Skip to Content

Bevespi Aerosphere Approval History

  • FDA approved: Yes (First approved April 25th, 2016)
  • Brand name: Bevespi Aerosphere
  • Generic name: formoterol fumarate and glycopyrrolate
  • Dosage form: Inhalation Aerosol
  • Company: AstraZeneca
  • Treatment for: COPD

Bevespi Aerosphere (formoterol fumarate and glycopyrrolate) is a long -acting beta2-adrenergic agonist (LABA) and anticholinergic combination indicated for the long-term, maintenance treatment of airflow obstruction in patients with chronic obstructive pulmonary disease (COPD).

The FDA approval of Bevespi Aerosphere was based on results of the PINNACLE phase III pivotal studies (PINNACLE 1, PINNACLE 2, and a safety extension study, PINNACLE 3) which included over 3,700 patients with moderate to very severe COPD. The studies demonstrated that Bevespi Aerosphere achieved statistically significant improvements in lung function as measured by change from baseline in morning pre-dose trough forced expiratory volume in 1 second (FEV1) at 24 weeks (p<0.001) versus its individual components (glycopyrrolate 9 mcg and formoterol fumarate 4.8 mcg) and placebo.

Bevespi Aerosphere is administered twice-daily in the morning and in the evening. It is not intended to relieve acute symptoms of COPD, which should be treated with a rescue inhaler such as albuterol.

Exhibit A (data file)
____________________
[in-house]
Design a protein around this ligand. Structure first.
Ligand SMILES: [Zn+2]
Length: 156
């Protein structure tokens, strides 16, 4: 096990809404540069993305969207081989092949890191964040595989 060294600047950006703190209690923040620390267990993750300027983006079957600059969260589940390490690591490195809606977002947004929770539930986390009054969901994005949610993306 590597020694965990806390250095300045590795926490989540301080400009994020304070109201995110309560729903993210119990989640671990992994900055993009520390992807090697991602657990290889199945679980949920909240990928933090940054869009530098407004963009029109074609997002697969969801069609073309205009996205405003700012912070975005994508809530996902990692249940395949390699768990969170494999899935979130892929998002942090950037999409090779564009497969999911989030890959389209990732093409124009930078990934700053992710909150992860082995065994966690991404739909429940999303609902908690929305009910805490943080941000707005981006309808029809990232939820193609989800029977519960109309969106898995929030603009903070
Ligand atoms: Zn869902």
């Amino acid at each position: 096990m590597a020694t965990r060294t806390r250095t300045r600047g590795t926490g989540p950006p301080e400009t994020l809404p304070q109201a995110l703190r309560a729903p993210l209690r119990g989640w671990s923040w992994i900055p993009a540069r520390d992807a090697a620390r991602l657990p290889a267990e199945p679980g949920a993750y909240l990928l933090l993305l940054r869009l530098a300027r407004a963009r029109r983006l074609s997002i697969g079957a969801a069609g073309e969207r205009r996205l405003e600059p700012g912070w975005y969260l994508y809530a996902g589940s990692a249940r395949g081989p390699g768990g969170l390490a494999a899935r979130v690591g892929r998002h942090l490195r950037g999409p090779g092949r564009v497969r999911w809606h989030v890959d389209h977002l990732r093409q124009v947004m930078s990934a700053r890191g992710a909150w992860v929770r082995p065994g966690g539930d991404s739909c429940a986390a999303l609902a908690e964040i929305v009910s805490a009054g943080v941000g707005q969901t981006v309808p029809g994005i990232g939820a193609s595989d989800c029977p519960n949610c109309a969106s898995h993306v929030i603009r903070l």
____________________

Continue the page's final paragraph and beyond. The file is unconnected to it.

The most commonly reported side effects include urinary tract infection and cough.

Development History and FDA Approval Process for Bevespi Aerosphere

Apr 25, 2016Approval Bevespi Aerosphere Approved by the FDA for Patients with COPD
Mar 18, 2015AstraZeneca announces positive Phase III top-line results for PT003 from the PINNACLE 1 and PINNACLE 2 studies in COPD
Jan  6, 2012Pearl Therapeutics Announces Successful Completion of Phase 2b Safety and Efficacy Studies of COPD Combination, PT003

Disclaimer: Every effort has been made to ensure that the information provided here is accurate, up-to-date and complete, but no guarantee is made to that effect. Drug information contained herein may be time sensitive. This information has been compiled for use by healthcare practitioners and consumers in the United States. The absence of a warning for a given drug or combination thereof in no way should be construed to indicate that the drug or combination is safe, effective or appropriate for any given patient. If you have questions about the substances you are taking, check with your doctor, nurse or pharmacist.